Get out of your comfort zone.
Stop doing what you’ve always done only because you’re afraid that if you change it, you’ll regress. Mix in a yoga class. They’re actually not just a bunch of pot smoking hippies in there. Ditch the smith machine and squat freely. Don’t be afraid of eating shit if you jump on a box-just pick a low box to start. You’re not there for Instagram likes anyway, you’re there to get better.
Try cooking some foods that you don’t like a different way. I hate brussel sprouts but they’re great when they’re cooked with bacon. I didn’t know that until I was 32. Find an event you want to compete in or a sport you want to play. Do something to change the stagnant training environment that we create for ourselves so that training becomes less about punching the clock and more about getting better in a particular series of measurable ways.
We’re wired to work towards goals, so set them, but be realistic. If you’re 45 years old, no matter what you do, you’re probably not going to have the same body you did when you were 25. That’s fine, just get better and don’t accept the dad bod to be the new normal.
Just have a plan. A comprehensive, well thought out, strategic plan, and then do it. If you started a year ago, think about where you’d be now. In a year, you can look back and answer that objectively.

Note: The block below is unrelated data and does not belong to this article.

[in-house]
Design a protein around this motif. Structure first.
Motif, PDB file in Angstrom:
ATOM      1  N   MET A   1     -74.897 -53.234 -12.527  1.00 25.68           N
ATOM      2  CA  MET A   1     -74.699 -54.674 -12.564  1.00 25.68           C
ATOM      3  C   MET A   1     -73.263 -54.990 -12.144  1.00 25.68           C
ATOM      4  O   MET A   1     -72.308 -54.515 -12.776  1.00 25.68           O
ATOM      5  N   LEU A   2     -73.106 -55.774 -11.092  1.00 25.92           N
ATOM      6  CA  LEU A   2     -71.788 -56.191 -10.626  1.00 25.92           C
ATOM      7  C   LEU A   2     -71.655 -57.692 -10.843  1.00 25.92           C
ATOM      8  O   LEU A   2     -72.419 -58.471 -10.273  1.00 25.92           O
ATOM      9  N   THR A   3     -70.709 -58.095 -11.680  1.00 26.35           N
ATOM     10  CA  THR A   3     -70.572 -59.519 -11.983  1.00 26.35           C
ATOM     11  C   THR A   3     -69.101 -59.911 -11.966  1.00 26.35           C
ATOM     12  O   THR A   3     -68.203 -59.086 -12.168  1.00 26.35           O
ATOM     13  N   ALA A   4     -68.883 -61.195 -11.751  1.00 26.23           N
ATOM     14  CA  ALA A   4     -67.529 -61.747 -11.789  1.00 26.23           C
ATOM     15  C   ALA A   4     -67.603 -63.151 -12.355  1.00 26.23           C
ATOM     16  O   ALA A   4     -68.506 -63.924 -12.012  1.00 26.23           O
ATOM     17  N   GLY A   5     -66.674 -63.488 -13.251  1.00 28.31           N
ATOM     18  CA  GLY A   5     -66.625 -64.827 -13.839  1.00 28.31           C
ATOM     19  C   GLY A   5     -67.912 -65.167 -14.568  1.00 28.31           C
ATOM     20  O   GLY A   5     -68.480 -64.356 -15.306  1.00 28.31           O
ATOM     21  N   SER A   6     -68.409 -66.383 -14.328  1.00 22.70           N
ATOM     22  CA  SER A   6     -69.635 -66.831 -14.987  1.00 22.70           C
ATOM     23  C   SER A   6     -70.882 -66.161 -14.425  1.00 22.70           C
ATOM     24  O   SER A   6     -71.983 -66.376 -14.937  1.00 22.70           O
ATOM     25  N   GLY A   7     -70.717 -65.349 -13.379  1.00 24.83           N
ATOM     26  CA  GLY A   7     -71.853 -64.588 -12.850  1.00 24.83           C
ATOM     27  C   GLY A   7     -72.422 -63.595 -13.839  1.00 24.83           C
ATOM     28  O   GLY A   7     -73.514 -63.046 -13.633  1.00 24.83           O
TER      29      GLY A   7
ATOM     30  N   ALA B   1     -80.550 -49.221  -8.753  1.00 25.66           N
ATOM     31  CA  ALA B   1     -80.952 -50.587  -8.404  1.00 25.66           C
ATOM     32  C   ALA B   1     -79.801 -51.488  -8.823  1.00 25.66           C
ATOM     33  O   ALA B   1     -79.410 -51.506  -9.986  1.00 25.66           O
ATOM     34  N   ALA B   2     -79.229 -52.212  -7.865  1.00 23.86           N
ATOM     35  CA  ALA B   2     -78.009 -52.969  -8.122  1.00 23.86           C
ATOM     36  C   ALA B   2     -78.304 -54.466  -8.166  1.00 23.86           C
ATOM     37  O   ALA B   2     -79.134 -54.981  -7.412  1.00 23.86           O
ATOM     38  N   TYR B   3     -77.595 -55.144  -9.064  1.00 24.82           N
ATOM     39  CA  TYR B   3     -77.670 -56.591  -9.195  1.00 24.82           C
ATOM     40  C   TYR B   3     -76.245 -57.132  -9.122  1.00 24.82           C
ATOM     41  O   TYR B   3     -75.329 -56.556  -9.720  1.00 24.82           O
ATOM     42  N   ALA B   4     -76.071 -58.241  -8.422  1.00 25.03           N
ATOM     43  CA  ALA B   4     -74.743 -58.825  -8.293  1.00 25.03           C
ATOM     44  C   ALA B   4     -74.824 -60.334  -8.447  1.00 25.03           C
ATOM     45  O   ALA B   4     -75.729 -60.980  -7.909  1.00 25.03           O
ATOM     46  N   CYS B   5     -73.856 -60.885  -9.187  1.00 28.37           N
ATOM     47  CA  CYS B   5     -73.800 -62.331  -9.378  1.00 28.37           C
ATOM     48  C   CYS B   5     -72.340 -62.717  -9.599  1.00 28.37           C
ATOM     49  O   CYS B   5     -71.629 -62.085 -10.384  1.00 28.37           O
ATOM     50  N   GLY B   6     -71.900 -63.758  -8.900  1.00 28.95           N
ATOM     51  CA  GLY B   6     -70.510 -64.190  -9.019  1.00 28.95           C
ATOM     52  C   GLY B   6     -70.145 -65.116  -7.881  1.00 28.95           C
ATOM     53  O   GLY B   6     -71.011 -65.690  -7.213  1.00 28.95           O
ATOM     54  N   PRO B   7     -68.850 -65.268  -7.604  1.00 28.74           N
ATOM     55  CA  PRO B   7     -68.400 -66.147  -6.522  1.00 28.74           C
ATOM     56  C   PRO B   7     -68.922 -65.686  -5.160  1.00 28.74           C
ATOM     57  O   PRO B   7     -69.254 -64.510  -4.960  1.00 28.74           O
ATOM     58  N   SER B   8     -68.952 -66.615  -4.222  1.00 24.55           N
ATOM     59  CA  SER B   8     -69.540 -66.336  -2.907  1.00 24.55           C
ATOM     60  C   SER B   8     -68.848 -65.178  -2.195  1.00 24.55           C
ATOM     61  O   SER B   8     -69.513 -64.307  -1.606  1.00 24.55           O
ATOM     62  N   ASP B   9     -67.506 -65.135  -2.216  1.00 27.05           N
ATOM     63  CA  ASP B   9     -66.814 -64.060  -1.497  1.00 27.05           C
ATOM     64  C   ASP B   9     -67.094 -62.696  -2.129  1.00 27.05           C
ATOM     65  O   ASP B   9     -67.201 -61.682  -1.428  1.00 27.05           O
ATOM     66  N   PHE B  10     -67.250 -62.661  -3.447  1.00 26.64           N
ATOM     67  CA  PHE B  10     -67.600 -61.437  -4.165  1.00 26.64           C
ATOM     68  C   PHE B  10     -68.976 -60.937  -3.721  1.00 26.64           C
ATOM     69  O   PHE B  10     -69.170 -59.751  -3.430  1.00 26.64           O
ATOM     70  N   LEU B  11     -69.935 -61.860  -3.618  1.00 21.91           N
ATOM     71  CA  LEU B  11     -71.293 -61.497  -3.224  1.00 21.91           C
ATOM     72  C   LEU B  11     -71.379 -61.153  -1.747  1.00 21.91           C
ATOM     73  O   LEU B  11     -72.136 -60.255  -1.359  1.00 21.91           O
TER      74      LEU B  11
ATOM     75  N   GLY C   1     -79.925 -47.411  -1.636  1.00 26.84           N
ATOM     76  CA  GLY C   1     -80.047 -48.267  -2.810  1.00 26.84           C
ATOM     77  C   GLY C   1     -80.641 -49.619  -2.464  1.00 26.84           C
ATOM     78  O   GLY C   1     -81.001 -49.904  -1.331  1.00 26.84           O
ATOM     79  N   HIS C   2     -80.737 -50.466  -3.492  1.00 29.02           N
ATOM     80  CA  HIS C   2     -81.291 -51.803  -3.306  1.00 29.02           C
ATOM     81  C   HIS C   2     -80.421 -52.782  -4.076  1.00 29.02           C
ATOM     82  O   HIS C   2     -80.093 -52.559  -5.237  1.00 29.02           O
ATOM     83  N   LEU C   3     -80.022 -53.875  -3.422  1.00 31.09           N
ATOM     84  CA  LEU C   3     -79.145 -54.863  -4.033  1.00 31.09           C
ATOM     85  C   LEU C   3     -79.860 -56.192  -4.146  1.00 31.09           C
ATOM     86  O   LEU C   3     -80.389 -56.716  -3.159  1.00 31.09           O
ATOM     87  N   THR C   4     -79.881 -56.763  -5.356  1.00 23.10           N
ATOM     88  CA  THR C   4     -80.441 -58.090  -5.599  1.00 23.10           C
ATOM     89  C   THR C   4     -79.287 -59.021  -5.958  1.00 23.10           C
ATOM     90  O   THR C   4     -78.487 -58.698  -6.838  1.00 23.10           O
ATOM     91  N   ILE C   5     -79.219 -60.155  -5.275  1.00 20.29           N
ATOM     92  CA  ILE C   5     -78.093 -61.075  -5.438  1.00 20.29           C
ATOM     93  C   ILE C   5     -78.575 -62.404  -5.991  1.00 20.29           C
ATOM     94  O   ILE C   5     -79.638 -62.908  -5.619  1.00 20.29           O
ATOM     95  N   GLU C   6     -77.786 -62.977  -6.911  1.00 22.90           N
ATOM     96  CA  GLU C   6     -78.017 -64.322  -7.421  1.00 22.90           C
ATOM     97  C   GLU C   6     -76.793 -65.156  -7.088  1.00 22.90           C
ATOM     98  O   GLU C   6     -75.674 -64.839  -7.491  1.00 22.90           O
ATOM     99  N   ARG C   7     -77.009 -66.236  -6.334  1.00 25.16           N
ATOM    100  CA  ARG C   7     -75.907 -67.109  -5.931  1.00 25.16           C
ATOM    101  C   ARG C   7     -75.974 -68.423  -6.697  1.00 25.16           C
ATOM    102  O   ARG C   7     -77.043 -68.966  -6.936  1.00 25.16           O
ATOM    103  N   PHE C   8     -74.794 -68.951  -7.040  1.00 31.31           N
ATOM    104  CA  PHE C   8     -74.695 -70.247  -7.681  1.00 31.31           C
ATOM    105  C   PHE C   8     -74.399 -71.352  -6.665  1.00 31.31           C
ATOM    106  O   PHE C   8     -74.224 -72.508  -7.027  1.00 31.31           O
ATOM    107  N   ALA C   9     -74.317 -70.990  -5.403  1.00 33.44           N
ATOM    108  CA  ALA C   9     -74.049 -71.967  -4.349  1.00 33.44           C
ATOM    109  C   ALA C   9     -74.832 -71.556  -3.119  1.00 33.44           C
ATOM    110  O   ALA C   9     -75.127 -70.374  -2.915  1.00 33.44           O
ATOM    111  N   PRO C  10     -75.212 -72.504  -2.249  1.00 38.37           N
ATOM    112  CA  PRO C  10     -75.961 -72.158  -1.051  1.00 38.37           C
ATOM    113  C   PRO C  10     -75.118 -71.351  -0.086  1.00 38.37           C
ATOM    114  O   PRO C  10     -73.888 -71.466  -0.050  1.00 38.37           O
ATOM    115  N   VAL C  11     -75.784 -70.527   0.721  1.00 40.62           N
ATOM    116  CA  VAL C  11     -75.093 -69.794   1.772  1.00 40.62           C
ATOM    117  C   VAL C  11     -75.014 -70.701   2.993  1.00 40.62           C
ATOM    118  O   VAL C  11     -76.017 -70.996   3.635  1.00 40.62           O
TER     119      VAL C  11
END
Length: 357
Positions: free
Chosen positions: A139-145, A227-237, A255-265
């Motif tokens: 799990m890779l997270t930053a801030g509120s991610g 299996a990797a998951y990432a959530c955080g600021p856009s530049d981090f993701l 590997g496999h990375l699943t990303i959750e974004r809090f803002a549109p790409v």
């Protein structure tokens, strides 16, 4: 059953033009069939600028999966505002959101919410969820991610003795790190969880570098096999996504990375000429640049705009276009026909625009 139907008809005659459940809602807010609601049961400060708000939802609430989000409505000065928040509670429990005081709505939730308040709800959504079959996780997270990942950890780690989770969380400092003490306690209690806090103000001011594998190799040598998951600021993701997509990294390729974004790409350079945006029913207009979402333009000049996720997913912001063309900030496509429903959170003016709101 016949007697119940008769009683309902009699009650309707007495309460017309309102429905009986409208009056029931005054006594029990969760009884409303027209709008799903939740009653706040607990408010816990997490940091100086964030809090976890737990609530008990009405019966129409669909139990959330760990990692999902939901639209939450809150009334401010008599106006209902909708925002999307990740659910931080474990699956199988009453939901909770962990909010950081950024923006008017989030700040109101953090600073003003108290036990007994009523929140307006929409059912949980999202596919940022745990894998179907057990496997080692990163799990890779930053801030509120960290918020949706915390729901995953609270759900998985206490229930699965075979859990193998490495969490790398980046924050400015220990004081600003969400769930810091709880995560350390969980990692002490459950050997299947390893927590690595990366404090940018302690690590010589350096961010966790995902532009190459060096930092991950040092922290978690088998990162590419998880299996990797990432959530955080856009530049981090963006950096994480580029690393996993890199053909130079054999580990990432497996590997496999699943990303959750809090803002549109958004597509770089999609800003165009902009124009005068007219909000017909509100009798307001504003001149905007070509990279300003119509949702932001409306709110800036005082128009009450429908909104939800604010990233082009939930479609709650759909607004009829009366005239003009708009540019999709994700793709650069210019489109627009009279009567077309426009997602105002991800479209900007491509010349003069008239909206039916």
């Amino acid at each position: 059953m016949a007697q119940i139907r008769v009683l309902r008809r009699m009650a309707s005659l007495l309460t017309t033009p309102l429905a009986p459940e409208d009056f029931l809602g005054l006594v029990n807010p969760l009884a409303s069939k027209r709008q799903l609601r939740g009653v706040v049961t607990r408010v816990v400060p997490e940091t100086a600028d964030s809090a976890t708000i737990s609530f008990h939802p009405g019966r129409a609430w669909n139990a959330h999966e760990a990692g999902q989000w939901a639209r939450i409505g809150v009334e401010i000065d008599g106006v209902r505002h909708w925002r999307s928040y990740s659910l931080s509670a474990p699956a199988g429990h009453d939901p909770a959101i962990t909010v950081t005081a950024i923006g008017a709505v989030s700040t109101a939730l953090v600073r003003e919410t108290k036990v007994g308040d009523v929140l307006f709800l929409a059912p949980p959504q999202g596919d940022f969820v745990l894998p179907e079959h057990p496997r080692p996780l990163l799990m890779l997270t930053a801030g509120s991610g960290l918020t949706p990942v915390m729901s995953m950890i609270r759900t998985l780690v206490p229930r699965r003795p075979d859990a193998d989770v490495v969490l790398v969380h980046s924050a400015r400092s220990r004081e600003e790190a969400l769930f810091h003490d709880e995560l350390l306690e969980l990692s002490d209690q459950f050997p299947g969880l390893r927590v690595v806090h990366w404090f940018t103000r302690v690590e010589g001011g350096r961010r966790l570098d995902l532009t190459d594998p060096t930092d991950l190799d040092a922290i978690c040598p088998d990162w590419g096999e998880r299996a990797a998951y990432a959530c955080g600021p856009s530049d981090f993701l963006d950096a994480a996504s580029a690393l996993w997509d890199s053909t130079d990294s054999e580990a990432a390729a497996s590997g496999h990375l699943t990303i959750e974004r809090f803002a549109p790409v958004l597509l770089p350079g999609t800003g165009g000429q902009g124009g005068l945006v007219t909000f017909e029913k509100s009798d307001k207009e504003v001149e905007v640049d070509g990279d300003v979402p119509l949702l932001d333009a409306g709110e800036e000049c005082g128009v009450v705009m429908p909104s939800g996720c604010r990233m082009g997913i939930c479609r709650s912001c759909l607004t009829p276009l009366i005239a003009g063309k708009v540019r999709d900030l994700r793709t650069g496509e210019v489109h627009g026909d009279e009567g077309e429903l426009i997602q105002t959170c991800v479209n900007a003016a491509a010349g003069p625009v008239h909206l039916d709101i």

It pains me to see people with the best of intentions fall short because they don’t know which way to go. It’s rarely a lack of effort, it’s a lack of direction, which then eats away at the effort. I do what I do because I love seeing people use training as a vehicle to kick ass in all of the other aspects of their lives, so I set out to build a roadmap with this post. I hope it helps.
In my next newsletter I’m going to include my favorite strength training template for the adult athlete, so you’ll have a a plug and play model to put all of this stuff into action for the coming week. If you haven’t subscribed yet, click here and it’ll be delivered to your inbox on Sunday.